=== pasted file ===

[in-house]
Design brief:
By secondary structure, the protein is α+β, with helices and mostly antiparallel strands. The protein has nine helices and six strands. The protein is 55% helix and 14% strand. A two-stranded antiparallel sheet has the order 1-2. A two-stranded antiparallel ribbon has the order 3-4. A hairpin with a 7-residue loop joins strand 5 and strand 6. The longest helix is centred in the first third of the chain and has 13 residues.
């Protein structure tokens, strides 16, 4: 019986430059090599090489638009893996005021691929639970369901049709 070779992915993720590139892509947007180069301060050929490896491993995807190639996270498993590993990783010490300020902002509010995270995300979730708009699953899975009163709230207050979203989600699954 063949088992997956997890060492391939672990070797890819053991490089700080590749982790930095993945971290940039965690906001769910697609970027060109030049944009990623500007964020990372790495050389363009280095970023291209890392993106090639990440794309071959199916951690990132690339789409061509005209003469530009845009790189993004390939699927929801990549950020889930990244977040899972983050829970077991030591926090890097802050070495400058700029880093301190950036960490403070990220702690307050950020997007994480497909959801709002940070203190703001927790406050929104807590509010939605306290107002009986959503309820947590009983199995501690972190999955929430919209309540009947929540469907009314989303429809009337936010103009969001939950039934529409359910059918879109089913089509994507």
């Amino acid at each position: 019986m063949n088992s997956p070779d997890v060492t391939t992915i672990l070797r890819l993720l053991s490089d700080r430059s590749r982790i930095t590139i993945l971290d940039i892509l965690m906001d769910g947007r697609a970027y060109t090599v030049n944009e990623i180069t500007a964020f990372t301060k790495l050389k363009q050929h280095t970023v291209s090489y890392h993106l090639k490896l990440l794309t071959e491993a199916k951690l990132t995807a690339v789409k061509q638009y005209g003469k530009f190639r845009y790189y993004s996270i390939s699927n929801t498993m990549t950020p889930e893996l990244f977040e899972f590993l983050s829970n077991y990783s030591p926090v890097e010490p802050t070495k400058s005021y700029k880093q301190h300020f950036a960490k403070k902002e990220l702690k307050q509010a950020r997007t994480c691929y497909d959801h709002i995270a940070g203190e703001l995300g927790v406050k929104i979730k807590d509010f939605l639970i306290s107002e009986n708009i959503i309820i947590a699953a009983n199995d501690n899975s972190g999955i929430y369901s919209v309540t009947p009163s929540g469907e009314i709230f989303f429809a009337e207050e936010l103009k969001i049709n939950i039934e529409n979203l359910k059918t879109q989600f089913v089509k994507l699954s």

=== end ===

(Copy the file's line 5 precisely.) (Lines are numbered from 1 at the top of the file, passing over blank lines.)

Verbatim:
């Amino acid at each position: 019986m063949n088992s997956p070779d997890v060492t391939t992915i672990l070797r890819l993720l053991s490089d700080r430059s590749r982790i930095t590139i993945l971290d940039i892509l965690m906001d769910g947007r697609a970027y060109t090599v030049n944009e990623i180069t500007a964020f990372t301060k790495l050389k363009q050929h280095t970023v291209s090489y890392h993106l090639k490896l990440l794309t071959e491993a199916k951690l990132t995807a690339v789409k061509q638009y005209g003469k530009f190639r845009y790189y993004s996270i390939s699927n929801t498993m990549t950020p889930e893996l990244f977040e899972f590993l983050s829970n077991y990783s030591p926090v890097e010490p802050t070495k400058s005021y700029k880093q301190h300020f950036a960490k403070k902002e990220l702690k307050q509010a950020r997007t994480c691929y497909d959801h709002i995270a940070g203190e703001l995300g927790v406050k929104i979730k807590d509010f939605l639970i306290s107002e009986n708009i959503i309820i947590a699953a009983n199995d501690n899975s972190g999955i929430y369901s919209v309540t009947p009163s929540g469907e009314i709230f989303f429809a009337e207050e936010l103009k969001i049709n939950i039934e529409n979203l359910k059918t879109q989600f089913v089509k994507l699954s």